The Nightmare Before Christmas is a Halloween story

Molly Segner, Staff Writer

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In order to muster my inner October Spirit, I often watch classic Halloween movies in preparation for the upcoming holiday. This past weekend I was scrolling through the TV guide and settled on watching the 31 Nights of Halloween Marathon on freeform, just in time to catch “The Nightmare before Christmas,” an iconic holiday movie… but what holiday is it for?

I know, I know, with Christmas in the title it’s hard to believe this animated movie is considered a Halloween film. In fact the debate over whether this movie should be considered Halloweeny or Christmasy has been ongoing since its beginning in 1993. I’m personally on team Halloween. 

For starters, the majority of the movie takes place in Halloween Town, with the main character being Jack Skellington, aka the Pumpkin King, who travels to Christmas town for only two brief trips. If I were directing a Christmas movie, I think my main character would be Rudolph or Santa or even The Nutcracker, not a pumpkin, something clearly associated with Halloween. 

Halloween Town is dark, gloomy, and frankly a little spooky for someone (like myself) who isn’t a die-hard scary movie fan. The music in the movie is primarily slow, somber, and puts you in the blues. If “The Nightmare Before Christmas” was a true Christmas movie, the music would have bells, chimes, and an upbeat rhythm.

Now let’s take a look at the plot. Jack Skellington grows tired of only celebrating Halloween year after year, and stumbles upon Christmas Town. When Jack tries to explain Christmas at the Halloweentown Town Hall meeting, all the creatures want to hear about spooky or yucky aspects of Christmas and are disappointed by the cheer and brightness of the Holiday. Jack has big ambitions to transform Halloween Town into a Christmas Town. He assigns all the creepy creatures in his town jobs like making presents, creating reindeer, and crafting a sleigh for him to ride. 

I know, I know, with Christmas in the title it’s hard to believe this animated movie is considered a Halloween film. In fact the debate over whether this movie should be considered Halloweeny or Christmasy has been ongoing since its beginning in 1993. I’m personally on team Halloween”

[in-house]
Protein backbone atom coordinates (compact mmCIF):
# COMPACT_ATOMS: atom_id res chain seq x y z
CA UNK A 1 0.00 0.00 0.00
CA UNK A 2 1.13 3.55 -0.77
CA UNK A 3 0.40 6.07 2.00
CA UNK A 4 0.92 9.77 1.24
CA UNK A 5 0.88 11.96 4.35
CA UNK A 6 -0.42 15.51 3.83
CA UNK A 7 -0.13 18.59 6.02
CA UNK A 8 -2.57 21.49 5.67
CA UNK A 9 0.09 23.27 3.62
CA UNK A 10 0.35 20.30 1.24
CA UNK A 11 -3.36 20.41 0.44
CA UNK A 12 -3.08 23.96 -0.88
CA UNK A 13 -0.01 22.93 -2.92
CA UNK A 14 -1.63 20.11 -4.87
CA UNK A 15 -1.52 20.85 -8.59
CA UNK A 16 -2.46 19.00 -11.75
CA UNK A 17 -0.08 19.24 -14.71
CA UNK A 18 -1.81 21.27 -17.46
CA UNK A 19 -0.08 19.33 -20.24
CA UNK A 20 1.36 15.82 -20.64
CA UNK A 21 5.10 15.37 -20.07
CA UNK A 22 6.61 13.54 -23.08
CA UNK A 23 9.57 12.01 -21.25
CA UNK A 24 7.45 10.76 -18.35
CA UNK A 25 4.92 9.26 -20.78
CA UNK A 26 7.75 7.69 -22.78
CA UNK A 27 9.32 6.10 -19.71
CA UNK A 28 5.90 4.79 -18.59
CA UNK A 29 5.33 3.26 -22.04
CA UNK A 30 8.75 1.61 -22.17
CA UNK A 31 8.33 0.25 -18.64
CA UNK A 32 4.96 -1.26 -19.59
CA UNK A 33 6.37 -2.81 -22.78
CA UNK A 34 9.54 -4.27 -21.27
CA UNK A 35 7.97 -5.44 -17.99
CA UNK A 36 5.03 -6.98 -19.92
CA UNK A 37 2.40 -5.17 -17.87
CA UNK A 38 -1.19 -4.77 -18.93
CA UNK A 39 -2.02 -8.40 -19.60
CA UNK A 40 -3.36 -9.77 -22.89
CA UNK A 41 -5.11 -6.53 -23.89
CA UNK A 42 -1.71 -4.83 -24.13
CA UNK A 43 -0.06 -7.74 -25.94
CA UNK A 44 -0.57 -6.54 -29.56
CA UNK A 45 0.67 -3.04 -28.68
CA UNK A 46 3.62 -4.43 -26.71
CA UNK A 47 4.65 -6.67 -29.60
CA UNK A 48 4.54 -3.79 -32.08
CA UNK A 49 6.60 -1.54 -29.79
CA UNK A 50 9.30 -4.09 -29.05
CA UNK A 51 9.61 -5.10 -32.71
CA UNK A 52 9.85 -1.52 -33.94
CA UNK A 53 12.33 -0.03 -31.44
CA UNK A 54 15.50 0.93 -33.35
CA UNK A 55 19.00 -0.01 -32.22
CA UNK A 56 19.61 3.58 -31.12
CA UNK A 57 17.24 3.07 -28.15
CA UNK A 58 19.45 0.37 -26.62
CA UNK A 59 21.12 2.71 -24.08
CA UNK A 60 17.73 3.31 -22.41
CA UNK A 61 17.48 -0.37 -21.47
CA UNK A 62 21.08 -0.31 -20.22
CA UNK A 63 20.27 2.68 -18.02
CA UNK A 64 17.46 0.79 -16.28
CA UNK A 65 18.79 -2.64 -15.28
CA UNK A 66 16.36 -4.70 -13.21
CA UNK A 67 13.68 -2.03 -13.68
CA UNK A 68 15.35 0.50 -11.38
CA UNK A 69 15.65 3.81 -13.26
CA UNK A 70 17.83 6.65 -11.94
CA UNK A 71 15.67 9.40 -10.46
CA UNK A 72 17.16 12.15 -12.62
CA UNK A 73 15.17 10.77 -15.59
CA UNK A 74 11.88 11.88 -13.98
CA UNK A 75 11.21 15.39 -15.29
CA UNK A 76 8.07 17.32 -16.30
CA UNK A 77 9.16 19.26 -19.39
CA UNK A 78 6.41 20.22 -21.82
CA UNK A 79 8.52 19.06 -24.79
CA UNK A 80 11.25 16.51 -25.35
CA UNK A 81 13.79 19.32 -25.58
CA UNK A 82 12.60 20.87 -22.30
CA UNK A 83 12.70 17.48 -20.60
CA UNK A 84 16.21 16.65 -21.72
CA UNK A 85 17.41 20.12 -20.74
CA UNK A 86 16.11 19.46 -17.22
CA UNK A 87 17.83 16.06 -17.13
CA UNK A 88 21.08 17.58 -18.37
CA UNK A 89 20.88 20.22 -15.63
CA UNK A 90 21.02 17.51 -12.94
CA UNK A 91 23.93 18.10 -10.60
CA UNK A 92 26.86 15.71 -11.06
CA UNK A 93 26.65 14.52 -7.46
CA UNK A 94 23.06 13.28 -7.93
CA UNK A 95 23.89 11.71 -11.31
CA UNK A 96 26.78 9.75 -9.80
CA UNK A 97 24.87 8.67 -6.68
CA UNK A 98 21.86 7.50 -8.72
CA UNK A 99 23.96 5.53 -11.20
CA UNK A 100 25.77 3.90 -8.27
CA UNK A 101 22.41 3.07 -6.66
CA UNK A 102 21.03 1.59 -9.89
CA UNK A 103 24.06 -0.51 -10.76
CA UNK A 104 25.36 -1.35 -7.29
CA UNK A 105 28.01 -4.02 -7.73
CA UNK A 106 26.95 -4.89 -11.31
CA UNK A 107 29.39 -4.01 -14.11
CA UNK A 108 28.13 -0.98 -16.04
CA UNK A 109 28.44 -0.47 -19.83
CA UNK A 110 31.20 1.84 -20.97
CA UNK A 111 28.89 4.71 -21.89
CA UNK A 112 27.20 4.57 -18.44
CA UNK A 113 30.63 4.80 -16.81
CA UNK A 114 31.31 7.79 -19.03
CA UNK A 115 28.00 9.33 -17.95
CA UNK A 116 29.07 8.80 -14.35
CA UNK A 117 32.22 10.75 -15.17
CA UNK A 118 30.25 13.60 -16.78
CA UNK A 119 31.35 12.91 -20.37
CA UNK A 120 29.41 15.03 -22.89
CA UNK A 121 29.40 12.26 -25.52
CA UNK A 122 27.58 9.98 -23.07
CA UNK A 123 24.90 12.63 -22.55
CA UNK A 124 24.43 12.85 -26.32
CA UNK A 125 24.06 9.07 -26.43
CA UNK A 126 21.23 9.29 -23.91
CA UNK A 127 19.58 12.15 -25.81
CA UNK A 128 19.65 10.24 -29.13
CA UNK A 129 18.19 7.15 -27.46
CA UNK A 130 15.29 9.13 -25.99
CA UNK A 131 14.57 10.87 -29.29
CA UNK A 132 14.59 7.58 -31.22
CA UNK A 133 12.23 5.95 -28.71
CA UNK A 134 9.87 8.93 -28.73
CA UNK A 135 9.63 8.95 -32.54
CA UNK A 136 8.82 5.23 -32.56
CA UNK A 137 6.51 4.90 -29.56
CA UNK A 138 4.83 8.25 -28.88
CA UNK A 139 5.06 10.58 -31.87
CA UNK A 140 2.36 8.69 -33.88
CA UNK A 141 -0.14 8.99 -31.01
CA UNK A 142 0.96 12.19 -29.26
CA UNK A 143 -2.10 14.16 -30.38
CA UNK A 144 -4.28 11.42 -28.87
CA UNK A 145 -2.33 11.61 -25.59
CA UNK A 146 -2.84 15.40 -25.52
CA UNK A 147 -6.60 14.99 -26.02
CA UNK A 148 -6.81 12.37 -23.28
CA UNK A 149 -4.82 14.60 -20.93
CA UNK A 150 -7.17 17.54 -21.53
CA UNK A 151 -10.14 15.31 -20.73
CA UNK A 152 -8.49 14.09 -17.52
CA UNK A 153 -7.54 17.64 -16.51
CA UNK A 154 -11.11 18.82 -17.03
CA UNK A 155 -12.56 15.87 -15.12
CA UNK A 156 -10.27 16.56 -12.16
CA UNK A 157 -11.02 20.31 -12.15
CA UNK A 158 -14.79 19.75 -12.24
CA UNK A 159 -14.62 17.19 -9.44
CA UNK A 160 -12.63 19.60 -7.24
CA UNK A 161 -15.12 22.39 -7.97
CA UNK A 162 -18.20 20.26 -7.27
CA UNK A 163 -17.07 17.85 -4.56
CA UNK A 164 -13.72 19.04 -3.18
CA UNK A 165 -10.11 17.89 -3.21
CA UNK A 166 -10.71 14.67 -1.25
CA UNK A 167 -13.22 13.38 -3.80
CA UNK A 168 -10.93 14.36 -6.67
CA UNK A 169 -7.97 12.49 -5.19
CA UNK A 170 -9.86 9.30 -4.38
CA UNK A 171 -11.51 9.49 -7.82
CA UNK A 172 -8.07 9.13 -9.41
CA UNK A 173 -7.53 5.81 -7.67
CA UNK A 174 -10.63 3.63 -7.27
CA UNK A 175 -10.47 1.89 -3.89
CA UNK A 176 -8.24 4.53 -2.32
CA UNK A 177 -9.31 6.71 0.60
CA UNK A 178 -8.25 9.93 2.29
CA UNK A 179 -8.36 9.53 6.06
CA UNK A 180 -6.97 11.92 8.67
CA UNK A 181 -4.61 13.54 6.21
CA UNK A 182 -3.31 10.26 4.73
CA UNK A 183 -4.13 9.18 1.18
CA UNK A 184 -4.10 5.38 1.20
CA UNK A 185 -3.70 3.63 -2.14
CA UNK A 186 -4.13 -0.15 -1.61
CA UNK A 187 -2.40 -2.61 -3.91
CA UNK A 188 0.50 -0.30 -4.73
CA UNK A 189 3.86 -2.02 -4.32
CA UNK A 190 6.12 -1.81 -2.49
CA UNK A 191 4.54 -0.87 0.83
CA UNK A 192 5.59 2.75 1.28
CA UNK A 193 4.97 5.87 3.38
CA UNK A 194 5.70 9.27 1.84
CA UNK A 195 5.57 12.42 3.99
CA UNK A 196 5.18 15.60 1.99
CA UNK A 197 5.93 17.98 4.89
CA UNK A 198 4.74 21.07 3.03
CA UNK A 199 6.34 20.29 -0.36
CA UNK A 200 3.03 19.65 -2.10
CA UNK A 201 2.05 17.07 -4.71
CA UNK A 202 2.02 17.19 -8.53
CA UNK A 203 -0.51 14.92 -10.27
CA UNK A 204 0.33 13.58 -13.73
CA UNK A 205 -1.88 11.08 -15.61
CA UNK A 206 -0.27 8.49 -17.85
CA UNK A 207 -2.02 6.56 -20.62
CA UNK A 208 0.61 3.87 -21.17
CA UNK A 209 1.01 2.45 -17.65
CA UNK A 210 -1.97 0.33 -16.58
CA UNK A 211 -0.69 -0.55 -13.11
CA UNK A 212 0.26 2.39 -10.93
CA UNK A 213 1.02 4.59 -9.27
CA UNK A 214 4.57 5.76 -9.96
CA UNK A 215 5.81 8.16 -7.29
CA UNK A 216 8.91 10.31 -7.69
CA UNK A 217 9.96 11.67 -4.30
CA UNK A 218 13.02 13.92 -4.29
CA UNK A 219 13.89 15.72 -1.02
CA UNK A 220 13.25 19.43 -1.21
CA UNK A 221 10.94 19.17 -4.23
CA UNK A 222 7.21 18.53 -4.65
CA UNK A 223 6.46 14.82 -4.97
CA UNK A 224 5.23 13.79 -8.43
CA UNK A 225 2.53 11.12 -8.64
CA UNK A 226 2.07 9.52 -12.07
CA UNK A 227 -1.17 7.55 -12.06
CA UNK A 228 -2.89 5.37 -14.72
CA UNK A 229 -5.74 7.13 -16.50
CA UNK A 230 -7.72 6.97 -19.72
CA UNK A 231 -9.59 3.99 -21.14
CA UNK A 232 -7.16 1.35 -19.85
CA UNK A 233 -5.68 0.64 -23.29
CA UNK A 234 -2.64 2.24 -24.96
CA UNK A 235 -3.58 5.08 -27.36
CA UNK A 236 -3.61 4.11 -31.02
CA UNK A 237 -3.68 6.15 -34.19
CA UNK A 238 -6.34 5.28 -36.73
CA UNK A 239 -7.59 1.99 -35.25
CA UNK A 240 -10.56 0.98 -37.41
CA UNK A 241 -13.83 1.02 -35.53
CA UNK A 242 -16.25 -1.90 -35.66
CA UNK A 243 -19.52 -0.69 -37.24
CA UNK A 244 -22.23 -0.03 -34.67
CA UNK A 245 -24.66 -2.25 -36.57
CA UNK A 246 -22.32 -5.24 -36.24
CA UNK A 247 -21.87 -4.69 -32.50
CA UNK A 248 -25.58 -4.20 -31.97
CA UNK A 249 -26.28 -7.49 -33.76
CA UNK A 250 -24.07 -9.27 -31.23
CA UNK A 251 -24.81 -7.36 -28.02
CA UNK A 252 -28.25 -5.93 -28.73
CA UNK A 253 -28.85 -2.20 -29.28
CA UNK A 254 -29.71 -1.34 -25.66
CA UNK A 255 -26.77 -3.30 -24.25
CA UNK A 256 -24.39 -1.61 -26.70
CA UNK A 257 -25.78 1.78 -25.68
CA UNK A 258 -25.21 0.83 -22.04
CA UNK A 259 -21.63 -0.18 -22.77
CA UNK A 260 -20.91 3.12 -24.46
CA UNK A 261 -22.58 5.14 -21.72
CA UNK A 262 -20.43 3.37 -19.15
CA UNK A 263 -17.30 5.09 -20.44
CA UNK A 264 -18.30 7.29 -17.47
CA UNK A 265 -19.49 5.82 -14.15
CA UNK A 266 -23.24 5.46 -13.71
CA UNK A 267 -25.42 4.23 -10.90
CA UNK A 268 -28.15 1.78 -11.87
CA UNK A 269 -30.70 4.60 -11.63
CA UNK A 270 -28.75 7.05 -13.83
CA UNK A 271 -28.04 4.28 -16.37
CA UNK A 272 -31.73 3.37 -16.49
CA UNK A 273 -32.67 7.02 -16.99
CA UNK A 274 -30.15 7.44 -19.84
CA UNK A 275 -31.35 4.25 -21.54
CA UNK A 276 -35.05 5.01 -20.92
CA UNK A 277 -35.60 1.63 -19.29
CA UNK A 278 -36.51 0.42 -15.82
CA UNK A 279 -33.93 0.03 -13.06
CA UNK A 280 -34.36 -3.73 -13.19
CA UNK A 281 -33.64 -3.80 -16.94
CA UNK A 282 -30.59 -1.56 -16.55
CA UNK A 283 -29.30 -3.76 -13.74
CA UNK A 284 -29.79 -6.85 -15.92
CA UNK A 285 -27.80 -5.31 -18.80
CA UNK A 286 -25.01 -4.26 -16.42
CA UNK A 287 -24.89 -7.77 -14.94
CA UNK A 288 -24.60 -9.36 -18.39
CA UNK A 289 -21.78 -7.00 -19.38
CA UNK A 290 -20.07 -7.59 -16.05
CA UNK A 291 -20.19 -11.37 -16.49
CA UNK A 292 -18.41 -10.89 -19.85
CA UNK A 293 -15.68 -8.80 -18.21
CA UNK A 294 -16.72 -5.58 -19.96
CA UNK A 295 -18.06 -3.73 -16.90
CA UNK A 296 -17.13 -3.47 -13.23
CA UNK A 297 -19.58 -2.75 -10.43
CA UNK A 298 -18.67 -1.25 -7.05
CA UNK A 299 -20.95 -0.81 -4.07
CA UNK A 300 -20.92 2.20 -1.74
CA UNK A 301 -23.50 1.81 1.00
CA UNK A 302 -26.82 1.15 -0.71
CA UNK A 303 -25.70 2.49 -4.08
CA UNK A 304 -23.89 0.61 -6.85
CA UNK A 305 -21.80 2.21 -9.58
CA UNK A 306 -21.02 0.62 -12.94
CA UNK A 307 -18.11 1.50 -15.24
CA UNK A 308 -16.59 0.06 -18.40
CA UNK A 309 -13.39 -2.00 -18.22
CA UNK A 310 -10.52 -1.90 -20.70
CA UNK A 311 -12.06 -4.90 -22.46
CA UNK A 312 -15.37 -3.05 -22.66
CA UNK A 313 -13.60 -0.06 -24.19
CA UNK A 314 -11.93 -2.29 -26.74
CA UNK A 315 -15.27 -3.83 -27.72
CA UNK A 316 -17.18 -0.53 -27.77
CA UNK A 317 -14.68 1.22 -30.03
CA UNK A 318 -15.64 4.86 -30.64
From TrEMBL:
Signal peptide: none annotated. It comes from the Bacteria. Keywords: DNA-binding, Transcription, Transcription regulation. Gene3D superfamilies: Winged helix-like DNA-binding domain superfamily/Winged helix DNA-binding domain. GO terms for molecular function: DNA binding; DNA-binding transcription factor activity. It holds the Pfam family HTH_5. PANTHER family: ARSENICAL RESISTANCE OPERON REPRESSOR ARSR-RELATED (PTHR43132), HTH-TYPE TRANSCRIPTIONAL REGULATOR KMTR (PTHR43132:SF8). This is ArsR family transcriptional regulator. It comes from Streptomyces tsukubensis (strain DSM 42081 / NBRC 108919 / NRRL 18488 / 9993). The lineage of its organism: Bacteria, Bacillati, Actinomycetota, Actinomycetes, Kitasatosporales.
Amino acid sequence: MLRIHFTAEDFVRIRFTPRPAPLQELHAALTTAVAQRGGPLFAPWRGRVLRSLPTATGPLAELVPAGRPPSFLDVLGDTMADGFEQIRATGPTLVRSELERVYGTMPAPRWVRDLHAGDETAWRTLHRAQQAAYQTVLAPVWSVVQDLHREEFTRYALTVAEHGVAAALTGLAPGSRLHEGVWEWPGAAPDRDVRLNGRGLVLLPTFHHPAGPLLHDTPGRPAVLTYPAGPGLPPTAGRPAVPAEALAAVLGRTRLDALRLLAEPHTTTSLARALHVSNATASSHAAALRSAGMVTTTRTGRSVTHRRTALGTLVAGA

— Molly Segner

The creatures of Halloween town ultimately ruin Christmas. During the movie they are diminishing Christmas with creepy gifts, bony reindeer, and kidnapping Santa Claus and taunting him with Oogie Boogie, the Boogie Man. For example, one little boy gets a dark skull with bugs and hairs crawling this way and that because all of Santa’s real gifts were replaced by gifts created in Halloween Town. People report calls to the police of getting “attacked by Christmas presents.” 

The movie’s action packed ending entails Christmas Town officials trying to shoot down the imposter Santa Claus who is “mangling the joyous holiday.” Meanwhile, the Boogie Man back in Halloween town nearly kills Santa. Violence in a Halloween movie, sure, but violence in a Christmas movie? I think not.

Sally, Jack’s quiet admirer, is the only one who understands that the combination of Halloween and Christmas would be disastrous. As Sally held a dead flower, it turned into a Christmas tree and seconds later it catches on fire and destroys the cheerful tree. 

After ruining Christmas, Jack returns to Halloween Town and faces the truth that he inevitably ruined Christmas. Jack learns his lesson that he belongs in Halloween Town for a reason, and there’s no point in trying to change that. Jack says he can’t wait for the next Halloween, something a character in a Halloween movie would say. 

If you’re still unsure about whether The Nightmare before Christmas is a Halloween or Christmas movie, let me leave you with one last thing. When asked this exact question, the director, Henry Selick, responded “Oh boy. It’s a Halloween movie.” 

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